In WHO grade II low-grade gliomas (LGGs), early postoperative MRI (epMRI) may overestimate residual tumor on FLAIR sequences. Consequently, MRI at 3–6 months follow-up (fuMRI) is used for delineation of residual tumor. This study sought to evaluate if integration of apparent diffusion coefficient (ADC) maps permits an accurate estimation of residual tumor early on epMRI.

METHODS

From a consecutive cohort, 43 cases with an initial surgery for an LGG, and complete epMRI (< 72 hours after resection) and fuMRI including ADC maps, were retrospectively identified. Residual FLAIR hyperintense tumor was manually segmented on epMRI and corresponding ADC maps were coregistered. Using an expectation maximization algorithm, residual tumor segments were probabilistically clustered into areas of residual tumor, ischemia, or normal white matter (NWM) by fitting a mixture model of superimposed Gaussian curves to the ADC histogram. Tumor volumes from epMRI, clustering, and fuMRI were statistically compared and agreement analysis was performed.

RESULTS

Mean FLAIR hyperintensity suggesting residual tumor was significantly larger on epMRI compared to fuMRI (19.4 ± 16.5 ml vs 8.4 ± 10.2 ml, p < 0.0001). Probabilistic clustering of corresponding ADC histograms on epMRI identified subsegments that were interpreted as mean residual tumor (7.6 ± 10.2 ml), ischemia (8.1 ± 5.9 ml), and NWM (3.7 ± 4.9 ml). Therefore, mean tumor quantification error between epMRI and fuMRI was significantly reduced (11.0 ± 10.6 ml vs −0.8 ± 3.7 ml, p < 0.0001). Mean clustered tumor volumes on epMRI were no longer significantly different from the fuMRI reference (7.6 ± 10.2 ml vs 8.4 ± 10.2 ml, p = 0.16). Correlation (Pearson r = 0.96, p < 0.0001), concordance correlation coefficient (0.89, 95% confidence interval 0.83), and Bland-Altman analysis suggested strong agreement between both measures after clustering.

CONCLUSIONS

Probabilistic segmentation of ADC maps facilitates accurate assessment of residual tumor within 72 hours after LGG resection. Multiparametric image analysis detected FLAIR signal alterations attributable to surgical trauma, which led to overestimation of residual LGG on epMRI compared to fuMRI. The prognostic value and clinical impact of this method has to be evaluated in larger case series in the future.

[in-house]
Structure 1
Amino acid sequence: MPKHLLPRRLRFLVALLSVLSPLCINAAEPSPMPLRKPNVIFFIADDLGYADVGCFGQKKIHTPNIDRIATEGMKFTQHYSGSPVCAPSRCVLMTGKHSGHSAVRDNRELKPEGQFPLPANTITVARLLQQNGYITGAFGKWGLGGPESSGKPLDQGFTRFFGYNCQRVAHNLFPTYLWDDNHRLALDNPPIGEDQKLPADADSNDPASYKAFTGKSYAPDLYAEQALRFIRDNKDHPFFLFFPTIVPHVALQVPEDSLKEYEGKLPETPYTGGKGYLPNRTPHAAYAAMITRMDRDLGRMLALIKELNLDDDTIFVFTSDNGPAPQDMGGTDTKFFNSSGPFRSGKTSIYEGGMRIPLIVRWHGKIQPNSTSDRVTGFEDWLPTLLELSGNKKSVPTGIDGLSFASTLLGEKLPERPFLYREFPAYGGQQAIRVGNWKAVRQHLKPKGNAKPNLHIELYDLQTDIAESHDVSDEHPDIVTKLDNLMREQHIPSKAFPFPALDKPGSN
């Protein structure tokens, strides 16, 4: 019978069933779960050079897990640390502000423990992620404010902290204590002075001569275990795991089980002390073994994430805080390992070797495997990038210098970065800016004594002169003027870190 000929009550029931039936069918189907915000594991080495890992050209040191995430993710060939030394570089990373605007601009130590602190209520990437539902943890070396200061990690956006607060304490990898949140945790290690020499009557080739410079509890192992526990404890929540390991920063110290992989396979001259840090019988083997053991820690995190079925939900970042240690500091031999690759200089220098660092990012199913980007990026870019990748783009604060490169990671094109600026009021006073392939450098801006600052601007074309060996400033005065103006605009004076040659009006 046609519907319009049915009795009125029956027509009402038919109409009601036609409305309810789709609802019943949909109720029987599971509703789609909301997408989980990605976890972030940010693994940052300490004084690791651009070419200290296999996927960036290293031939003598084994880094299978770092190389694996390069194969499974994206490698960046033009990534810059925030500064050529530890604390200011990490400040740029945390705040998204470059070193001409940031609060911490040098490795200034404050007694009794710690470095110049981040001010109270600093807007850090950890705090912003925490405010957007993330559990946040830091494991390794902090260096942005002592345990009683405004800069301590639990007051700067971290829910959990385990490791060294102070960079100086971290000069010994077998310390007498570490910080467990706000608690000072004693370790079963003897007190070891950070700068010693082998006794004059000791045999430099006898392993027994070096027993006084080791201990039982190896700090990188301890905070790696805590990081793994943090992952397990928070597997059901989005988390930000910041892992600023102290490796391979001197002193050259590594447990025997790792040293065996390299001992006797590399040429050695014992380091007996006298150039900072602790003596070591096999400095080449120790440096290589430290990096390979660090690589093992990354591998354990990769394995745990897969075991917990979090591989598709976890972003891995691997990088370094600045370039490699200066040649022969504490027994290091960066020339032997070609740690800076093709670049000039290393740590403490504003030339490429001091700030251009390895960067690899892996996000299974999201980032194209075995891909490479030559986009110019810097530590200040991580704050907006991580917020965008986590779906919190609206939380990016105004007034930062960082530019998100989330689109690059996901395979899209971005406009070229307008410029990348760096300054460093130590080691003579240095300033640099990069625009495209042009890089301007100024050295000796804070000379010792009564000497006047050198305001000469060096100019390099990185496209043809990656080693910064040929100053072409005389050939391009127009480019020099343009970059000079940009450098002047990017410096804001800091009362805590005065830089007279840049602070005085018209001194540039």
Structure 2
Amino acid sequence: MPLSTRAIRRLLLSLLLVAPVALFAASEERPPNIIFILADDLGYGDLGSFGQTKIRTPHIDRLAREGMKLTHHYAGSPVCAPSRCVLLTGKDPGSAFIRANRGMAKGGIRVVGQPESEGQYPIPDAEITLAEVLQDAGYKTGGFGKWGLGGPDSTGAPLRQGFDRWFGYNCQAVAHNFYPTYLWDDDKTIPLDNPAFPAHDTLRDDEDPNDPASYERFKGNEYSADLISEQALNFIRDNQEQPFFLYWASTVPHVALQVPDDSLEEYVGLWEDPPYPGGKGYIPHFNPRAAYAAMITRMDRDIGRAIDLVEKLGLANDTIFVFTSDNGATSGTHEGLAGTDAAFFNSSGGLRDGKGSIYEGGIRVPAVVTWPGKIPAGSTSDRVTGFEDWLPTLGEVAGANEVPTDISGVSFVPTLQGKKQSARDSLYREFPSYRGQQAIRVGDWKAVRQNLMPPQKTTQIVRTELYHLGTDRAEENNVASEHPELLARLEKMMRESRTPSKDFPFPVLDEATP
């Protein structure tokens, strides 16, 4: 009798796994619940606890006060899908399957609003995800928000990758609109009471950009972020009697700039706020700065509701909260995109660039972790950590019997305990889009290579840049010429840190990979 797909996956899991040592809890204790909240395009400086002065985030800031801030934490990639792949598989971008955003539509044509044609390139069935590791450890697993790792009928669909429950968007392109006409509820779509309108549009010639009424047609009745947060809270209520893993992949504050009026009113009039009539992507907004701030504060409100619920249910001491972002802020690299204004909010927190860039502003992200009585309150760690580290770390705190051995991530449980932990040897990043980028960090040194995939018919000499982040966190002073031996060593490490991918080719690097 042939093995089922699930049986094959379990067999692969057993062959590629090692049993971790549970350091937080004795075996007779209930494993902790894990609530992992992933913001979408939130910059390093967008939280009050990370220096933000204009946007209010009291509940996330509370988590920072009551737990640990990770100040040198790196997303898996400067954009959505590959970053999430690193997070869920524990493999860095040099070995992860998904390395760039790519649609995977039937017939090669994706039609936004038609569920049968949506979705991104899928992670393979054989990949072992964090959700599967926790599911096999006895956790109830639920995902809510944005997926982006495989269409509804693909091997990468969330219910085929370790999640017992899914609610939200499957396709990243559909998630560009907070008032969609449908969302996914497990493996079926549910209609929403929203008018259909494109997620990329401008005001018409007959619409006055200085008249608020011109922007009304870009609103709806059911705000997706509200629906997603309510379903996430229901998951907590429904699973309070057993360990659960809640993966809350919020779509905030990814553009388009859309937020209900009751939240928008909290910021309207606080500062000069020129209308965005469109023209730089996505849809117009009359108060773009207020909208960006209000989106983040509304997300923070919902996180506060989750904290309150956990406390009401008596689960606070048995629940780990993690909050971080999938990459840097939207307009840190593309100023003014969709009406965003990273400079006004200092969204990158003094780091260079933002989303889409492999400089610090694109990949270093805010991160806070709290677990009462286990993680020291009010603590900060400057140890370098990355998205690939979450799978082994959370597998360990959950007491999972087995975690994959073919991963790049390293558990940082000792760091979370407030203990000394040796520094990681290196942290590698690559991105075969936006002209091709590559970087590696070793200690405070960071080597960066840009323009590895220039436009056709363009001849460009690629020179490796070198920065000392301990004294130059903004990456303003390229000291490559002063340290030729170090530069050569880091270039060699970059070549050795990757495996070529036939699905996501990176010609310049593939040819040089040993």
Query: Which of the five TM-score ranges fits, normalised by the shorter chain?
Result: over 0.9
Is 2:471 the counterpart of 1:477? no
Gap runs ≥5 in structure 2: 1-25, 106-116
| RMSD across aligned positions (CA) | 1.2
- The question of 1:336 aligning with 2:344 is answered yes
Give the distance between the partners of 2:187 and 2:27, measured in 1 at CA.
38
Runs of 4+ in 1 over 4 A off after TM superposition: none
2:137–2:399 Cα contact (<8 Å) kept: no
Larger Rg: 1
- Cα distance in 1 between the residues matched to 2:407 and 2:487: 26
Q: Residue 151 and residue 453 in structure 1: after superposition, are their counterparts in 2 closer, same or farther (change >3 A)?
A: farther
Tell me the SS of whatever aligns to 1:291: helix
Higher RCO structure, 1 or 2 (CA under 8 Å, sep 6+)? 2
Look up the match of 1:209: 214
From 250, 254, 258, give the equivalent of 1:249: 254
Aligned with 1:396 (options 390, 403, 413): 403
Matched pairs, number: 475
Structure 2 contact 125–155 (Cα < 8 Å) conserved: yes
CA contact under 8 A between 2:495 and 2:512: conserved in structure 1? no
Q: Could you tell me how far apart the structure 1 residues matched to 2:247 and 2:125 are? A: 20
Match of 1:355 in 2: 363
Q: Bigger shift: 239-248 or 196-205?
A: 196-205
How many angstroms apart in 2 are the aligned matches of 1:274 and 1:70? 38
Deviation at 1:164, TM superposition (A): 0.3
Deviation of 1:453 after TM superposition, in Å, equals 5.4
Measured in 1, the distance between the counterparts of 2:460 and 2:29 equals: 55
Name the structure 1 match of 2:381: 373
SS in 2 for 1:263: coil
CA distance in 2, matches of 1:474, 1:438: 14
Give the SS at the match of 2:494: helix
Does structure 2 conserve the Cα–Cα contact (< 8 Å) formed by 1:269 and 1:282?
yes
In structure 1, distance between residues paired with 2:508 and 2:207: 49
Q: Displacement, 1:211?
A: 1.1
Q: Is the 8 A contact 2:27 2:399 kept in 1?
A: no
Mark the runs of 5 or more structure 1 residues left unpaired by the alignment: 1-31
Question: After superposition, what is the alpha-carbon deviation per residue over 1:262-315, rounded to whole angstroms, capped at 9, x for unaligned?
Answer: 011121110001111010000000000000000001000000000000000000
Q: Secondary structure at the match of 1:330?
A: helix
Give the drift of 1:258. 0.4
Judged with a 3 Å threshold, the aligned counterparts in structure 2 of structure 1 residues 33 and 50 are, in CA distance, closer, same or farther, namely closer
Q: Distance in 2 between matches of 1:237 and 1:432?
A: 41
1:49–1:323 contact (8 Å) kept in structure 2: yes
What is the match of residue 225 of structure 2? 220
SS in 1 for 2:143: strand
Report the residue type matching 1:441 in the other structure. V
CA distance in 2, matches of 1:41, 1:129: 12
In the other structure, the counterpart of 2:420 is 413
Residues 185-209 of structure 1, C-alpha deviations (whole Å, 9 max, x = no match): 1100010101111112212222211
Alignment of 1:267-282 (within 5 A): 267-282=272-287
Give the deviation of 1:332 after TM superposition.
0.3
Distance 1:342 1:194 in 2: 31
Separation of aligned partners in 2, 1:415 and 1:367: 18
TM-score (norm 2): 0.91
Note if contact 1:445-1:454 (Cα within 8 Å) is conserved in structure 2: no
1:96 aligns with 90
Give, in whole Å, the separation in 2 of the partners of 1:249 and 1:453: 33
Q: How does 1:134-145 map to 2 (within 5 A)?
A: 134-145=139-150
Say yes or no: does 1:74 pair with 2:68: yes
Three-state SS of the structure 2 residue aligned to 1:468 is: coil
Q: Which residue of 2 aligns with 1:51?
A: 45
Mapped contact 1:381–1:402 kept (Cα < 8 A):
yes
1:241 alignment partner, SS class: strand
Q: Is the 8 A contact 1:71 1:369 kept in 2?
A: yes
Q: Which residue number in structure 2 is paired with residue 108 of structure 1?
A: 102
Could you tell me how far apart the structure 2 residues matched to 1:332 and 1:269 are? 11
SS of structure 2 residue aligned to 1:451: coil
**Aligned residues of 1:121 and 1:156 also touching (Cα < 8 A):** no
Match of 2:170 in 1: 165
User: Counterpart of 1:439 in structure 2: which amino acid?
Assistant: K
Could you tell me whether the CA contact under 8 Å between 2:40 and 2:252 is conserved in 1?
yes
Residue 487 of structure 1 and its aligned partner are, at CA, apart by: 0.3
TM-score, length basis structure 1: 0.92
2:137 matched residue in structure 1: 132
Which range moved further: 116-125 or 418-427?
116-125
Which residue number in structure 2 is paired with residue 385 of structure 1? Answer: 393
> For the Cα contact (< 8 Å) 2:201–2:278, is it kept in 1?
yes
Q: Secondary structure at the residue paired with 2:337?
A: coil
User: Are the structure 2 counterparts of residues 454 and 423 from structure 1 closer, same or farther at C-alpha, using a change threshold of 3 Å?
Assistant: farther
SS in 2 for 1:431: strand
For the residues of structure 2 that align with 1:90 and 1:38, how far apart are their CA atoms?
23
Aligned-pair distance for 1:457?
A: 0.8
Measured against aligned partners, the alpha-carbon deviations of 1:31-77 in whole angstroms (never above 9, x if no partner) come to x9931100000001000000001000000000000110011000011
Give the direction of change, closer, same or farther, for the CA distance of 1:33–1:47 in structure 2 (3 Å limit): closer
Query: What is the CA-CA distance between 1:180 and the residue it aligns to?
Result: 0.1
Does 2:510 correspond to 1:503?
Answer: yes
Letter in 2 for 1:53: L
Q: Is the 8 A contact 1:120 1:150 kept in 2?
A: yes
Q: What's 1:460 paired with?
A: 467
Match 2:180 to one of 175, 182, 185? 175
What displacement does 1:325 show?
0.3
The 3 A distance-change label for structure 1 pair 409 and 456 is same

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Moritz Scherer, Christine Jungk, Alexander Younsi, Philipp Kickingereder, Simon Müller, and Andreas Unterberg

OBJECTIVE

In this analysis, the authors sought to identify variables triggering an additional resection (AR) and determining residual intraoperative tumor volume in 1.5-T intraoperative MRI (iMRI)-guided glioma resections.

METHODS

A consecutive case series of 224 supratentorial glioma resections (WHO Grades I–IV) from a prospective iMRI registry (inclusion dates January 2011–April 2013) was examined with univariate and multiple regression models including volumetric data, tumor-related, and surgeon-related factors. The surgeon's expectation of an AR, in response to a questionnaire completed prior to iMRI, was evaluated using contingency analysis. A machine-learning prediction model was applied to consider if anticipation of intraoperative findings permits preoperative identification of ideal iMRI cases.

RESULTS

An AR was performed in 70% of cases after iMRI, but did not translate into an accumulated risk for neurological morbidity after surgery (p = 0.77 for deficits in cases with AR vs no AR). New severe persistent deficits occurred in 6.7% of patients. Initial tumor volume determined frequency of ARs and was independently correlated with larger tumor remnants delineated on iMRI (p < 0.0001). Larger iMRI volume was further associated with eloquent location (p = 0.010) and recurrent tumors (p < 0.0001), and with WHO grade (p = 0.0113). Greater surgical experience had no significant influence on the course of surgery. The surgeon's capability of ruling out an AR prior to iMRI turned out to incorporate guesswork (negative predictive value 43.6%). In a prediction model, AR could only be anticipated with 65% accuracy after integration of confounding variables.

CONCLUSIONS

Routine use of iMRI in glioma surgery is a safe and reliable method for resection guidance and is characterized by frequent ARs after scanning. Tumor-related factors were identified that influenced the course of surgery and intraoperative decision-making, and iMRI had a common value for surgeons of all experience levels. Commonly, the subjective intraoperative impression of the extent of resection had to be revised after iMRI review, which underscores the manifold potential of iMRI guidance. In combination with the failure to identify ideal iMRI cases preoperatively, this study supports a generous, tumor-oriented rather than surgeon-oriented indication for iMRI in glioma surgery.

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Miriam Ratliff, Andreas Unterberg, and Heidi Bächli